Difficult as it maybe to believe but already senior figures on both sides are beginning to wonder who will be the mayoral contenders in 2016.

Come what may, next time round, Ken and Boris will not be involved and potential wannabes will be manoeuvring for prominent London roles in the 2015 general election.

Within Labour there is a working assumption that David Lammy will move early to establish front-runner status. Having seriously considered throwing his hat into the ring this time, he eventually opted to chair Ken’s campaign and inherit the campaign organisation.

His political calculation is that in 2016, most of the 2010 intake of London Labour MPs will be either in government or battling over the future direction of the Labour party. Allying with Ken minimised his risk of losing the selection this time and maximised his pool of support within the party machine for 2016.

One former party aide, who worked on the London mayoral candidate selection process and advised Lammy to run was phlegmatic, “He would have killed Boris if he had been the candidate but the politics made sense to wait”.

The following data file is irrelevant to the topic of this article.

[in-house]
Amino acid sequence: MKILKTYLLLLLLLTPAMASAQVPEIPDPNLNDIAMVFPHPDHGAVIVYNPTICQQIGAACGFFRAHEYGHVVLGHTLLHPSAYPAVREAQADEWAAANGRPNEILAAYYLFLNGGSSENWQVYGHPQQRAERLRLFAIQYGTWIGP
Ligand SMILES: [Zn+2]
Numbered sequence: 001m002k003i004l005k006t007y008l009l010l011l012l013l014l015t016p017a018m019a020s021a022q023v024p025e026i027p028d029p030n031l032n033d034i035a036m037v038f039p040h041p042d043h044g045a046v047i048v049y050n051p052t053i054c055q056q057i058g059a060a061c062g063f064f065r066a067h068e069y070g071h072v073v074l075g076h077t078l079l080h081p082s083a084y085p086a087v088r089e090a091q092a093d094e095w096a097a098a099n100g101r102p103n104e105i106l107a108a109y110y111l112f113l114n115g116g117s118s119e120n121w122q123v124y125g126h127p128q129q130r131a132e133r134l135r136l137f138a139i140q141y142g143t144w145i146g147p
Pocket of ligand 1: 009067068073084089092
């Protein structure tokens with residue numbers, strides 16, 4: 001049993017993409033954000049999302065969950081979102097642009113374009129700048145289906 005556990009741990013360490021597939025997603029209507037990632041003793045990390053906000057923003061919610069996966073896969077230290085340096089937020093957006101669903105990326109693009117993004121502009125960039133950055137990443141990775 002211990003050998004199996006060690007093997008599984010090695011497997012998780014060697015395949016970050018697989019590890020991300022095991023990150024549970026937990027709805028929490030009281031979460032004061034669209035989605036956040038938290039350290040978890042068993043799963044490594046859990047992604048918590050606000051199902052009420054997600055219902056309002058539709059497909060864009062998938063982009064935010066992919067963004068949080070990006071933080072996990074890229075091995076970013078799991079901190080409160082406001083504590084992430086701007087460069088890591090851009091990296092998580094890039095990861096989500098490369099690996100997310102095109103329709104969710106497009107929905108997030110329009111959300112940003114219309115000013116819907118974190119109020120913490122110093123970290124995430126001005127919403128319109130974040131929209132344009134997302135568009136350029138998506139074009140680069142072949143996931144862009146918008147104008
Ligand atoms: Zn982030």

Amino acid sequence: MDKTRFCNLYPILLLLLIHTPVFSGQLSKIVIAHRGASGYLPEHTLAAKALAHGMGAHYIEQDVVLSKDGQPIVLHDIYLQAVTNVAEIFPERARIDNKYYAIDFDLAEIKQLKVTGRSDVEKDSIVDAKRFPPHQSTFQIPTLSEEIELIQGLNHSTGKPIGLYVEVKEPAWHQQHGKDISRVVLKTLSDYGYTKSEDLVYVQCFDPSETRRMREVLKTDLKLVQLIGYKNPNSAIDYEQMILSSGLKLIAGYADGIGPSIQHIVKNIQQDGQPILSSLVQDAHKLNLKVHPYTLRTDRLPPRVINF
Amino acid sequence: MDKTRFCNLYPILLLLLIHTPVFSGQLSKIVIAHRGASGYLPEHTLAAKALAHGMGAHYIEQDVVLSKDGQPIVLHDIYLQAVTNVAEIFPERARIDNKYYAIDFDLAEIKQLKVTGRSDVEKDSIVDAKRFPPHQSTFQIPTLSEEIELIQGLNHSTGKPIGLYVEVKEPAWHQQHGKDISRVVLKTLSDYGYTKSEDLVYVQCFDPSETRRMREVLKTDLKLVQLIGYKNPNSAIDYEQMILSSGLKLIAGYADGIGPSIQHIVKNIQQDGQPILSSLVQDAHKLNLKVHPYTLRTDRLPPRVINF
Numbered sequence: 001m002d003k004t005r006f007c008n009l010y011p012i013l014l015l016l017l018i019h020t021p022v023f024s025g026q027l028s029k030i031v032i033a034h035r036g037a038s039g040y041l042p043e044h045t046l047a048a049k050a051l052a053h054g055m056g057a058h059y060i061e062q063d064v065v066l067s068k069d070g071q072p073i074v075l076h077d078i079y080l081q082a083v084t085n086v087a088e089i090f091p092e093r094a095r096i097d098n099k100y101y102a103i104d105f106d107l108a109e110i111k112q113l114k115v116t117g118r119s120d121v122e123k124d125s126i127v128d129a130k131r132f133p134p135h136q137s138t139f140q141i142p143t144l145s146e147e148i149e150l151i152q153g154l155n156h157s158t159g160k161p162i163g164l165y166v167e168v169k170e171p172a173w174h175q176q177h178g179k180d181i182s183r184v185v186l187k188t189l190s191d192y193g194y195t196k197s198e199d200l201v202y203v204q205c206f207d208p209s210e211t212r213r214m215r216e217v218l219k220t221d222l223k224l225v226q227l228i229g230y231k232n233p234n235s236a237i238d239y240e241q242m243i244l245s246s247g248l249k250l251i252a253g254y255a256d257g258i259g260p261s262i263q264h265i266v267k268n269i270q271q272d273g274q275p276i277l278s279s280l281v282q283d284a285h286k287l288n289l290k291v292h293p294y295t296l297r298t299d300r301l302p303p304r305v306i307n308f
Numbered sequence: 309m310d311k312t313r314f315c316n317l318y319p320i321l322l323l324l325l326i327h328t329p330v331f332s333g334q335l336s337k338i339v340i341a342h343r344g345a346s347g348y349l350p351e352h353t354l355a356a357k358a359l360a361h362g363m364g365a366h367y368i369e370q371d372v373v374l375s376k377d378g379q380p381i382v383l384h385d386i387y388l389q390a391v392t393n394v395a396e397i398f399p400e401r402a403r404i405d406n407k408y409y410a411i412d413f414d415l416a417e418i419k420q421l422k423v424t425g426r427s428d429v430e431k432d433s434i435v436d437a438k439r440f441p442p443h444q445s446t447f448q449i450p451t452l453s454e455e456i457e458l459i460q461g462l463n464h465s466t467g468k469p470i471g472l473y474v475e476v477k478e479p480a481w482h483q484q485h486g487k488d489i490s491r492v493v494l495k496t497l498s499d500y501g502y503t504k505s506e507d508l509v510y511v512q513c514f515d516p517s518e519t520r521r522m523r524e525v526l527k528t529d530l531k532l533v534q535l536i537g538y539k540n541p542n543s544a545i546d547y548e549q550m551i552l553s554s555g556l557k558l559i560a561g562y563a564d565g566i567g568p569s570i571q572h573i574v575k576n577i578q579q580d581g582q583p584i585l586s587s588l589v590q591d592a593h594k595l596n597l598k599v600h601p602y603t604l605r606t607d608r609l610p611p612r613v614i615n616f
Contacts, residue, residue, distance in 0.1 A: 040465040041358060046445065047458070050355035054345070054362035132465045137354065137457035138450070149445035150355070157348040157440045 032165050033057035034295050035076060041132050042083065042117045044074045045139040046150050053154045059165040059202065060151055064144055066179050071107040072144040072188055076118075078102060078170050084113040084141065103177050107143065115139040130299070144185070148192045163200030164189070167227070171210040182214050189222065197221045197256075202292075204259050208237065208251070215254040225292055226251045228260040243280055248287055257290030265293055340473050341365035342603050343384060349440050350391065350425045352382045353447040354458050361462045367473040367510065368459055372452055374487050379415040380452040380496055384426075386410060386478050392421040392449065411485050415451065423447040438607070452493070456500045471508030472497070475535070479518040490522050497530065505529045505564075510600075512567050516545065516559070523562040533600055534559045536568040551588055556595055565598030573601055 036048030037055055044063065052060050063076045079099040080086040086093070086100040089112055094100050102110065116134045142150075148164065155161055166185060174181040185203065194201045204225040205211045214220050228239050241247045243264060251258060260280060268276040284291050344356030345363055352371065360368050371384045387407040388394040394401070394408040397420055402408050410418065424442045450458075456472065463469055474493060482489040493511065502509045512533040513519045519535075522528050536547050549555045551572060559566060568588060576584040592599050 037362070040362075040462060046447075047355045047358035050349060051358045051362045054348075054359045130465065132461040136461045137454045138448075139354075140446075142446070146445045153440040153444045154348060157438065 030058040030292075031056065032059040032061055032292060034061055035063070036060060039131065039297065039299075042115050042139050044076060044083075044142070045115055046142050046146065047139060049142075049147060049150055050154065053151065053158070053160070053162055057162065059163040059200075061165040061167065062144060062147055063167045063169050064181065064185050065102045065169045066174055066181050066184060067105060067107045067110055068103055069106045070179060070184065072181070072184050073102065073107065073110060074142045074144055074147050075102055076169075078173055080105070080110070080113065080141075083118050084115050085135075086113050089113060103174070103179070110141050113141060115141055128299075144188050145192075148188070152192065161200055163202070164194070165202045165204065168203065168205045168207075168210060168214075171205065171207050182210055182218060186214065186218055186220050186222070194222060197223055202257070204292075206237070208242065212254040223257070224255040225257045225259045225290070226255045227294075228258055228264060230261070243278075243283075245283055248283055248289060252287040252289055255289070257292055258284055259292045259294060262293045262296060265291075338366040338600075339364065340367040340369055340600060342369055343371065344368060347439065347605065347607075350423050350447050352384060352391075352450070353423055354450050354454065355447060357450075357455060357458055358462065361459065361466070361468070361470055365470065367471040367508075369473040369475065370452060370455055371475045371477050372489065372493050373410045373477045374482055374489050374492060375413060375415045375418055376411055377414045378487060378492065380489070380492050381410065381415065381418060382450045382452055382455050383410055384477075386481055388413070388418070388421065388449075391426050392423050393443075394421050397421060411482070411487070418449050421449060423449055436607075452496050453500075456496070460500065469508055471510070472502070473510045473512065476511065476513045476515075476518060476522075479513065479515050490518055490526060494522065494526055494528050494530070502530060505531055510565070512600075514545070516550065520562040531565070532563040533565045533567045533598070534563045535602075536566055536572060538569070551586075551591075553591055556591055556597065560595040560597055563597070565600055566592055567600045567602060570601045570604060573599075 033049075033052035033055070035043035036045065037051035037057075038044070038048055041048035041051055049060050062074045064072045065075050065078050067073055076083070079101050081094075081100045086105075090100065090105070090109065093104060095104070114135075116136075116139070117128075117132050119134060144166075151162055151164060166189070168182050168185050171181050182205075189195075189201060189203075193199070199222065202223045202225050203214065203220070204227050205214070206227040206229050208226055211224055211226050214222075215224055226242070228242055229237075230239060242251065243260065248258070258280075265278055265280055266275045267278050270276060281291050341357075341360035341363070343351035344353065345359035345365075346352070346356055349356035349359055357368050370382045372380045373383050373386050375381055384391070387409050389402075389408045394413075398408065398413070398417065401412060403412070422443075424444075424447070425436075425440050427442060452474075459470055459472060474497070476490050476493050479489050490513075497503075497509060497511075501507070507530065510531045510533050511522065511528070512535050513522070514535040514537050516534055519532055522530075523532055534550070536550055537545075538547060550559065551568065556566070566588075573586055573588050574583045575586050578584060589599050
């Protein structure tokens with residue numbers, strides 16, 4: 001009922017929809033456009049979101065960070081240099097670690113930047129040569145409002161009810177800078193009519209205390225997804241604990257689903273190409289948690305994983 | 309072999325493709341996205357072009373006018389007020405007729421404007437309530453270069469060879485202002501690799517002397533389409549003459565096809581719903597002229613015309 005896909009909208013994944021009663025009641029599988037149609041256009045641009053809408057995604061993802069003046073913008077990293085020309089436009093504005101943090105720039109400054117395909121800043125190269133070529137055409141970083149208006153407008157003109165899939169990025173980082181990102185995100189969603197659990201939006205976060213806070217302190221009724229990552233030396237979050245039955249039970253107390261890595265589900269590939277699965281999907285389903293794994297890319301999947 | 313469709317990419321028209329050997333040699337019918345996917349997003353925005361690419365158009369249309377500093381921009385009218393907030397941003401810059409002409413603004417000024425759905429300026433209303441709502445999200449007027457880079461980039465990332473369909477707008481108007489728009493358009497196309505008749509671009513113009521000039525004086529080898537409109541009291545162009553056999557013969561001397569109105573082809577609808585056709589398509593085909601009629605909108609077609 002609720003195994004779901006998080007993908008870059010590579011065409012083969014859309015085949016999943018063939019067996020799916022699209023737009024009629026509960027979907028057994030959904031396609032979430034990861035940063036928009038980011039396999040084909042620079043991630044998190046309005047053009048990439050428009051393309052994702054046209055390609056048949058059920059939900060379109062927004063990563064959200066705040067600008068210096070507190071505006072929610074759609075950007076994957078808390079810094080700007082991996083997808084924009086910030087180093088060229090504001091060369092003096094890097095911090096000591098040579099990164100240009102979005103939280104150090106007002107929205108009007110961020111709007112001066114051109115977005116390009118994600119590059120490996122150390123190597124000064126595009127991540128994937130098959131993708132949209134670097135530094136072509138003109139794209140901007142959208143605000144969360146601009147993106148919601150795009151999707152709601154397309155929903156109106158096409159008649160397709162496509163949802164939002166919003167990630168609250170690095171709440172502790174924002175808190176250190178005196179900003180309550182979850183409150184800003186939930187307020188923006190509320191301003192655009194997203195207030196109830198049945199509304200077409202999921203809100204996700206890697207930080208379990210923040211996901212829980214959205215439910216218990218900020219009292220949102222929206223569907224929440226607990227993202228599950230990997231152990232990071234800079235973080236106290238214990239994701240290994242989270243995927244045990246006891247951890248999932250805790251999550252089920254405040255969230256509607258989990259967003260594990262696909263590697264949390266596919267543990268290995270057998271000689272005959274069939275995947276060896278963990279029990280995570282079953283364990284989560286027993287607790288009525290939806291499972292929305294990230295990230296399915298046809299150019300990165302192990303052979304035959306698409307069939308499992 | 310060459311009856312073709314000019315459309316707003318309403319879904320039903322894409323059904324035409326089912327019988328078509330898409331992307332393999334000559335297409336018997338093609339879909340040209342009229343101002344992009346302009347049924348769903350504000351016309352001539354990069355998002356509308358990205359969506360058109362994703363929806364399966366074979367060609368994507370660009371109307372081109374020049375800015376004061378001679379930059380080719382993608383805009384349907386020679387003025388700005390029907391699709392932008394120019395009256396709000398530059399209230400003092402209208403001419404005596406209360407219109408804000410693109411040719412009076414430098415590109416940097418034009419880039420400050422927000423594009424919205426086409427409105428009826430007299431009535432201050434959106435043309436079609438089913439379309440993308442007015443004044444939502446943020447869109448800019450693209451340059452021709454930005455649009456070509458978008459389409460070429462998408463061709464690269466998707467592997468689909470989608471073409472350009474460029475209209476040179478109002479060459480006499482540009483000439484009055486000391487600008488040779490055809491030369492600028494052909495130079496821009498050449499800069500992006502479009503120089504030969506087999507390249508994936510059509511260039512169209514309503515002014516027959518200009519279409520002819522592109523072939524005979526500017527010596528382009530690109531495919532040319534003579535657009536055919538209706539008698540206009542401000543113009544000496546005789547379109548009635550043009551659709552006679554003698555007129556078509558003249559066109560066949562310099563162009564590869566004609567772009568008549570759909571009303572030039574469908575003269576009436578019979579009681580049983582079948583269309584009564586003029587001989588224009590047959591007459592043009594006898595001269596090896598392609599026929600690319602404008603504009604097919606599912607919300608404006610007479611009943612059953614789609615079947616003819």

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Thursday News Review

23/12/2010, 07:48:21 AM

Telegraph strikes again

David Heath, the deputy Leader of the House, said the Chancellor had the “capacity to get up one’s nose” and did not appreciate what it was like to lose £1,000 a year – the value of the cut in child benefit for higher earners. Paul Burstow, the care minister, told reporters from The Daily Telegraph: “I don’t want you to trust David Cameron.” And Andrew Stunell, the local government minister, said he did not know where the Prime Minister stood on the “sincerity monitor”. Norman Baker, the transport minister, even privately compared the Conservatives within government to the South African apartheid regime, claiming that it was his job to campaign from the “inside”. The disclosures come on the third day of this newspaper’s investigation into the true feelings of senior Liberal Democrats towards the Coalition. – Telegraph